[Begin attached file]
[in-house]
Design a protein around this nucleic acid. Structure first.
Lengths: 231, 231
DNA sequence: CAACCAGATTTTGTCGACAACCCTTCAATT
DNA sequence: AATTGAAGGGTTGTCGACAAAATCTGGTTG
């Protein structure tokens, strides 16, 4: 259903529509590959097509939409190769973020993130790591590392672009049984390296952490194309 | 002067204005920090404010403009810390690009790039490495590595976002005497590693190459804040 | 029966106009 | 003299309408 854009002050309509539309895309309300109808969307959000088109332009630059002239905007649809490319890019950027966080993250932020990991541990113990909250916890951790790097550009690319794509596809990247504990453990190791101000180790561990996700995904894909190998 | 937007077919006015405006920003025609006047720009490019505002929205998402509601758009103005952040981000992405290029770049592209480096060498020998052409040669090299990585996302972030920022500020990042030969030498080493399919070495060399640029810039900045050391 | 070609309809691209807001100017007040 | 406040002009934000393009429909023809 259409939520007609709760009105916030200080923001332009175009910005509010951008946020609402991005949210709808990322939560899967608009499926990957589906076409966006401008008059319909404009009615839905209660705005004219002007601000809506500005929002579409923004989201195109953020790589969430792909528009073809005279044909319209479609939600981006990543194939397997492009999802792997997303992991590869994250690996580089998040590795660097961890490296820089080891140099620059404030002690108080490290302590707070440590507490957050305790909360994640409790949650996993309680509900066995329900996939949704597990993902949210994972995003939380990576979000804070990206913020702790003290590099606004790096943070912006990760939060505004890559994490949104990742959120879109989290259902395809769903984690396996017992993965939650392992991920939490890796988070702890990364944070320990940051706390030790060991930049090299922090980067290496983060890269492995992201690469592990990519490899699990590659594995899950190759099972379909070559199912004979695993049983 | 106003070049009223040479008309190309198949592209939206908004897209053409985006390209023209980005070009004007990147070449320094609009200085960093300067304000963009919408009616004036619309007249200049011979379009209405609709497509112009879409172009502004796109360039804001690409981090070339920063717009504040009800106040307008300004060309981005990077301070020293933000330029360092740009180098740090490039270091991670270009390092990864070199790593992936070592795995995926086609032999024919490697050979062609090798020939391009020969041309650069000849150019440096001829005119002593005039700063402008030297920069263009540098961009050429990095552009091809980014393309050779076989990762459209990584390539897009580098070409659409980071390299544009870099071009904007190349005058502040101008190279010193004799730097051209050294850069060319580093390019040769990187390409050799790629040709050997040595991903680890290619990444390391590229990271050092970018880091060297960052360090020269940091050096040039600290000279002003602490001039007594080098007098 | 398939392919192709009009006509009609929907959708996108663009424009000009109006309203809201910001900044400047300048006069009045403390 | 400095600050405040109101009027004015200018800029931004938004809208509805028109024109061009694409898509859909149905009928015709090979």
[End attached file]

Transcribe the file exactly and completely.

[in-house]
Design a protein around this nucleic acid. Structure first.
Lengths: 231, 231
DNA sequence: CAACCAGATTTTGTCGACAACCCTTCAATT
DNA sequence: AATTGAAGGGTTGTCGACAAAATCTGGTTG
């Protein structure tokens, strides 16, 4: 259903529509590959097509939409190769973020993130790591590392672009049984390296952490194309 | 002067204005920090404010403009810390690009790039490495590595976002005497590693190459804040 | 029966106009 | 003299309408 854009002050309509539309895309309300109808969307959000088109332009630059002239905007649809490319890019950027966080993250932020990991541990113990909250916890951790790097550009690319794509596809990247504990453990190791101000180790561990996700995904894909190998 | 937007077919006015405006920003025609006047720009490019505002929205998402509601758009103005952040981000992405290029770049592209480096060498020998052409040669090299990585996302972030920022500020990042030969030498080493399919070495060399640029810039900045050391 | 070609309809691209807001100017007040 | 406040002009934000393009429909023809 259409939520007609709760009105916030200080923001332009175009910005509010951008946020609402991005949210709808990322939560899967608009499926990957589906076409966006401008008059319909404009009615839905209660705005004219002007601000809506500005929002579409923004989201195109953020790589969430792909528009073809005279044909319209479609939600981006990543194939397997492009999802792997997303992991590869994250690996580089998040590795660097961890490296820089080891140099620059404030002690108080490290302590707070440590507490957050305790909360994640409790949650996993309680509900066995329900996939949704597990993902949210994972995003939380990576979000804070990206913020702790003290590099606004790096943070912006990760939060505004890559994490949104990742959120879109989290259902395809769903984690396996017992993965939650392992991920939490890796988070702890990364944070320990940051706390030790060991930049090299922090980067290496983060890269492995992201690469592990990519490899699990590659594995899950190759099972379909070559199912004979695993049983 | 106003070049009223040479008309190309198949592209939206908004897209053409985006390209023209980005070009004007990147070449320094609009200085960093300067304000963009919408009616004036619309007249200049011979379009209405609709497509112009879409172009502004796109360039804001690409981090070339920063717009504040009800106040307008300004060309981005990077301070020293933000330029360092740009180098740090490039270091991670270009390092990864070199790593992936070592795995995926086609032999024919490697050979062609090798020939391009020969041309650069000849150019440096001829005119002593005039700063402008030297920069263009540098961009050429990095552009091809980014393309050779076989990762459209990584390539897009580098070409659409980071390299544009870099071009904007190349005058502040101008190279010193004799730097051209050294850069060319580093390019040769990187390409050799790629040709050997040595991903680890290619990444390391590229990271050092970018880091060297960052360090020269940091050096040039600290000279002003602490001039007594080098007098 | 398939392919192709009009006509009609929907959708996108663009424009000009109006309203809201910001900044400047300048006069009045403390 | 400095600050405040109101009027004015200018800029931004938004809208509805028109024109061009694409898509859909149905009928015709090979």